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Clarinet-viola-piano trio

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Title: Clarinet-viola-piano trio  
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Subject: Chamber music, Piano trio, Trio (music), Piano trio repertoire
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Clarinet-viola-piano trio

A clarinet-viola-piano trio, often titled "Trio for Clarinet, Viola and Piano" is a work of chamber music that is scored for three musicians: one clarinet, one viola, and one piano; or is a the designation for a musical ensemble of such a group.

This combination of instruments differs from the traditional piano trio instrumentation, i.e. piano, violin and violoncello, and from the clarinet-violin-piano trio and the clarinet-cello-piano trio by the fact that the viola and the clarinet share roughly the same range. The combination of viola and clarinet is thus distinguished by the timbre (tone quality or colour) of the instruments rather than register (high versus low ranges, like violin compared with cello).

Austrian composer Wolfgang Amadeus Mozart (1756–1791) was the first to write for this combination of instruments with his "Kegelstatt" Trio, K.498 (1786). The Trio, along with his subsequent Clarinet Quintet, K.581 (1789) and Clarinet Concerto, K.622 (1791) were written at a time when the clarinet was a relatively newly-invented instrument. These three compositions, which feature the clarinet, were largely responsible for popularizing the instrument's use in chamber and orchestral works. German composers Robert Schumann (1810–1856) and Max Bruch (1838–1920) also wrote notable works for this trio combination.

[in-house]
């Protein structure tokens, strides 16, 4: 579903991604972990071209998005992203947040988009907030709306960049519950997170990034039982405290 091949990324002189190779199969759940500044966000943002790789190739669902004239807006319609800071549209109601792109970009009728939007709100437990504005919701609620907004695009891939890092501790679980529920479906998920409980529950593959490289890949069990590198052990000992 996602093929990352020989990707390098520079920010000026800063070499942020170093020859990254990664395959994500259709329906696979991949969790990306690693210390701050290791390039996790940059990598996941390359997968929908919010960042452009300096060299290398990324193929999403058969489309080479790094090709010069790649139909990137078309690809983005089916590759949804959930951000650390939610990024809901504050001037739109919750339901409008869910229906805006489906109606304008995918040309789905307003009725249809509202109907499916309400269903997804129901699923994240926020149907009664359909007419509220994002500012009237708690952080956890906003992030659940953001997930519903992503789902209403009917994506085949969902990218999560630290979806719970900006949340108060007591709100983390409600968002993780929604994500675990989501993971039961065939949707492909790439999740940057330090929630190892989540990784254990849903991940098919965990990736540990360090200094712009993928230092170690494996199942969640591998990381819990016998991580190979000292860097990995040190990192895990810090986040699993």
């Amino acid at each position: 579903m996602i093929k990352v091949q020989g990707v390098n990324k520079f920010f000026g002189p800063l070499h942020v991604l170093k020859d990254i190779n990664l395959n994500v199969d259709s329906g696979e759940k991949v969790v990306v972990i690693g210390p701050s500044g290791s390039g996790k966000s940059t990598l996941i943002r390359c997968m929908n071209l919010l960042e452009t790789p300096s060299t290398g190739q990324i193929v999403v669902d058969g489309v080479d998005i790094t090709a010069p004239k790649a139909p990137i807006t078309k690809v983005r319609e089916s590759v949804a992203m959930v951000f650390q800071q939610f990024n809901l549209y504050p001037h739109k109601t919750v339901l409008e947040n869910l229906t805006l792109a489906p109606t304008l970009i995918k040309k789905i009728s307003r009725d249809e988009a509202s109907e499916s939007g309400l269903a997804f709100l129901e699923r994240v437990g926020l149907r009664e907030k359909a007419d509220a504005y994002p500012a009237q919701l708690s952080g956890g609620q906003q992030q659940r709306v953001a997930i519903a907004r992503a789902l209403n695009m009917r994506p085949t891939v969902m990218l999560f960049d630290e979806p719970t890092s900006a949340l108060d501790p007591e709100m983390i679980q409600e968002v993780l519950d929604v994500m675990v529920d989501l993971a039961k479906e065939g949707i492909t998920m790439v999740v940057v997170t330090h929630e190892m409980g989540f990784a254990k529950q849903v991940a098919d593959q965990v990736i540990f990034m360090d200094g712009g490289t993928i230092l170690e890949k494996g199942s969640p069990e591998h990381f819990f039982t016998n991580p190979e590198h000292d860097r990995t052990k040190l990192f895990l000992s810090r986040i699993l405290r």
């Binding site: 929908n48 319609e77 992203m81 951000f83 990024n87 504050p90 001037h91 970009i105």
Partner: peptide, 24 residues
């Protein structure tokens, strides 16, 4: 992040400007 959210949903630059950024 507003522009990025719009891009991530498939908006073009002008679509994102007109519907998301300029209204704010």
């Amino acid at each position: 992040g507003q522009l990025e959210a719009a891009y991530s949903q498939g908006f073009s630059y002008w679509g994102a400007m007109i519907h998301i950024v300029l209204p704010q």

Repertoire

Works scored for clarinet, viola, and piano have gained increasing popularity in the modern era. The repertoire includes:

Arrangements of concerti

Although not originally intended as a chamber music work, the works of several composers who have written concerti for viola and clarinet have been arranged for a trio with a the orchestral part condensed and arranged for piano. Notably, the Double Concerto for viola, clarinet and orchestra, Op. 88 (1911) of Max Bruch has been arranged for viola, clarinet and piano. Other concertos with these solo instruments include a concerto by Aulis Sallinen and Alternatim (1997) by Luciano Berio.

See also

External links

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